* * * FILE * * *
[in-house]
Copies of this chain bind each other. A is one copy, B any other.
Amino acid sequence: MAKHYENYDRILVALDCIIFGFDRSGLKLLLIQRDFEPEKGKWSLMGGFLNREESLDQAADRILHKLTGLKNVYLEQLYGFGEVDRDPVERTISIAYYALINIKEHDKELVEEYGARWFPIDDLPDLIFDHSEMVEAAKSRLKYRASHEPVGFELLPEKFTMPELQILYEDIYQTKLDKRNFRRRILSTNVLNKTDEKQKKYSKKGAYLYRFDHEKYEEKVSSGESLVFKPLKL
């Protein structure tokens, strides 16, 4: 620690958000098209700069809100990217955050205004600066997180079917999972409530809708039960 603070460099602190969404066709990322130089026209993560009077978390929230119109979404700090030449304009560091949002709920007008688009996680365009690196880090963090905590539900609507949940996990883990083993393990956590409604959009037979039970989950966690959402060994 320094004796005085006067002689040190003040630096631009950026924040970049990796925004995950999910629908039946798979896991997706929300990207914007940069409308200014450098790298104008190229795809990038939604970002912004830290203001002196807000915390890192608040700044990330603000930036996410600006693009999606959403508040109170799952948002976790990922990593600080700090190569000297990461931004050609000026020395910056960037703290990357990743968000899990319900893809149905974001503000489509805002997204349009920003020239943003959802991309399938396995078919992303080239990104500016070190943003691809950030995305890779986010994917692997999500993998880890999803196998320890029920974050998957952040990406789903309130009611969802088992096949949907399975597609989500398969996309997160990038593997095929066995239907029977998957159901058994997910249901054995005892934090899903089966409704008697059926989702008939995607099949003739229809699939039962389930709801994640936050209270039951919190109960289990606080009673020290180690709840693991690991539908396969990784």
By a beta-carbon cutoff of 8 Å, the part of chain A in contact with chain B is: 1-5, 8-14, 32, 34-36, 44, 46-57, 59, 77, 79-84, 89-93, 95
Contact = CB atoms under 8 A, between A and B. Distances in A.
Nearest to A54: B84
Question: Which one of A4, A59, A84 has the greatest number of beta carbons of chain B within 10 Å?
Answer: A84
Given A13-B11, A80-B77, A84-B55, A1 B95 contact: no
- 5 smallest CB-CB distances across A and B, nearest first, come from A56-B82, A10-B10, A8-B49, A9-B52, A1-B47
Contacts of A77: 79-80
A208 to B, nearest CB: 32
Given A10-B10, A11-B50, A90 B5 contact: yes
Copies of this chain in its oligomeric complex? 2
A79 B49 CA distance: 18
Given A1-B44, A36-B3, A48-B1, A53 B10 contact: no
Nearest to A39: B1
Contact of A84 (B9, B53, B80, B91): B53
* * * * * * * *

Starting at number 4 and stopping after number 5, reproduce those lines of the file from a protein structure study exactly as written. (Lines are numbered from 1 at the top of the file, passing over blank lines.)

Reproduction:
């Protein structure tokens, strides 16, 4: 620690958000098209700069809100990217955050205004600066997180079917999972409530809708039960 603070460099602190969404066709990322130089026209993560009077978390929230119109979404700090030449304009560091949002709920007008688009996680365009690196880090963090905590539900609507949940996990883990083993393990956590409604959009037979039970989950966690959402060994 320094004796005085006067002689040190003040630096631009950026924040970049990796925004995950999910629908039946798979896991997706929300990207914007940069409308200014450098790298104008190229795809990038939604970002912004830290203001002196807000915390890192608040700044990330603000930036996410600006693009999606959403508040109170799952948002976790990922990593600080700090190569000297990461931004050609000026020395910056960037703290990357990743968000899990319900893809149905974001503000489509805002997204349009920003020239943003959802991309399938396995078919992303080239990104500016070190943003691809950030995305890779986010994917692997999500993998880890999803196998320890029920974050998957952040990406789903309130009611969802088992096949949907399975597609989500398969996309997160990038593997095929066995239907029977998957159901058994997910249901054995005892934090899903089966409704008697059926989702008939995607099949003739229809699939039962389930709801994640936050209270039951919190109960289990606080009673020290180690709840693991690991539908396969990784």
By a beta-carbon cutoff of 8 Å, the part of chain A in contact with chain B is: 1-5, 8-14, 32, 34-36, 44, 46-57, 59, 77, 79-84, 89-93, 95